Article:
NORTH PERTH – News finally came to council on July 19 about a pilot project that some North Perth residents have been anticipating and others have been dreading – the changing of Wallace Avenue South to a one-way street between Main Street and Elma Street.
“We’ve been monitoring traffic flows through COVID to ensure that we had high enough traffic flows to test a trial of the one-way block south on Wallace,” said Lyndon Kowch, manager of operations.
He explained the project aims to speed up the function of the traffic lights at Main Street and Wallace Avenue by taking a cycle out of it to speed up that intersection significantly.
“We should see a benefit for that,” said Kowch. “There will be cost of this as well. Northbound traffic has to divert to different methods as they move through that section of town.”
During the trial, he said they will be monitoring those effects caused by the change in traffic flow.
“I have been having ongoing discussions with the consultants as to how we monitor when we launch the trial,” said Kowch. “We found a week ago last Friday in a traffic count that our numbers were actually at par with August 2018 numbers. The volumes are absolutely back. You can see the queuing of transports and vehicles in all directions around the intersection. We’re seeing that inefficiency again and those high volumes.”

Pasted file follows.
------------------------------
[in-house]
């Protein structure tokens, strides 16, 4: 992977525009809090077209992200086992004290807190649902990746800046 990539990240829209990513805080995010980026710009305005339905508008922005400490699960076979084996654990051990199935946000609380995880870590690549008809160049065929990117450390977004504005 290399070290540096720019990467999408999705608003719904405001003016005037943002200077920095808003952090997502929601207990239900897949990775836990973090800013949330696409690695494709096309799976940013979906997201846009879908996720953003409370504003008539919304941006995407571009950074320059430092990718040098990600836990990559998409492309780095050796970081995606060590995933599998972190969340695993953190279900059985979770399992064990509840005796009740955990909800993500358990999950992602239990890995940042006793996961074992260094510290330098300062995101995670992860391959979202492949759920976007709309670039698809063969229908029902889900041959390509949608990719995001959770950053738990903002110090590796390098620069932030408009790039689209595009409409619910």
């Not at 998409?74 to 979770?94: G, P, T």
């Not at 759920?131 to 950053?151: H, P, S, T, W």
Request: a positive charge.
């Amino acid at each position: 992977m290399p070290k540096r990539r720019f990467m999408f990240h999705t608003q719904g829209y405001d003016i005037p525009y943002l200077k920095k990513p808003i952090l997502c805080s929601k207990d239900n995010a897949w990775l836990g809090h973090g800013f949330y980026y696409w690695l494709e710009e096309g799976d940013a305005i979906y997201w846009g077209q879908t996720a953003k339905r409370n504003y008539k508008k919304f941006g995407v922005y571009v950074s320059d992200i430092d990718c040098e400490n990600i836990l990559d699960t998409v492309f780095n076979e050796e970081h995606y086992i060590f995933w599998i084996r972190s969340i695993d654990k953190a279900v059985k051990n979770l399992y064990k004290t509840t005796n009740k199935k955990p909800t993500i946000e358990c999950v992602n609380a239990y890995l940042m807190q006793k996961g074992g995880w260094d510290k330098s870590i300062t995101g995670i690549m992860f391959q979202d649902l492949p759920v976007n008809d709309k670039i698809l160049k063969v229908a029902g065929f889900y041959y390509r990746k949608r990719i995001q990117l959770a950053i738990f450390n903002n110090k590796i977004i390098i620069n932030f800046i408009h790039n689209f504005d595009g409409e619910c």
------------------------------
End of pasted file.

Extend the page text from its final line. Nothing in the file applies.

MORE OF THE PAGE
His report to council advised them of some upcoming dates that would allow the project to start by the end of August.
“There is an Aug. 9 council meeting where changes to the bylaw to create the one-way street (and) changes to the signage at Elma and Wallace South, for example, could all go through and will as part of this,” said Kowch.
He said he had met with staff earlier in the day to discuss layout issues and make sure everything is ready to prepare the launch the week of Aug. 16-20.
“It means a lot of night painting and sign installation to get ready for the next day,” said Kowch. “We’ll have a fairly detailed educational and website-based information package going ahead on this project, but I wanted to have those dates in front of council.”
Council received the information but did not enter into any discussion at the meeting.
“We know there is some controversy, so we’re certainly going to rely on the decent education platform,” said Mayor Todd Kasenberg. “I’m sure that’s very important in this case.”
Colin Burrowes, Local Journalism Initiative Reporter, Listowel Banner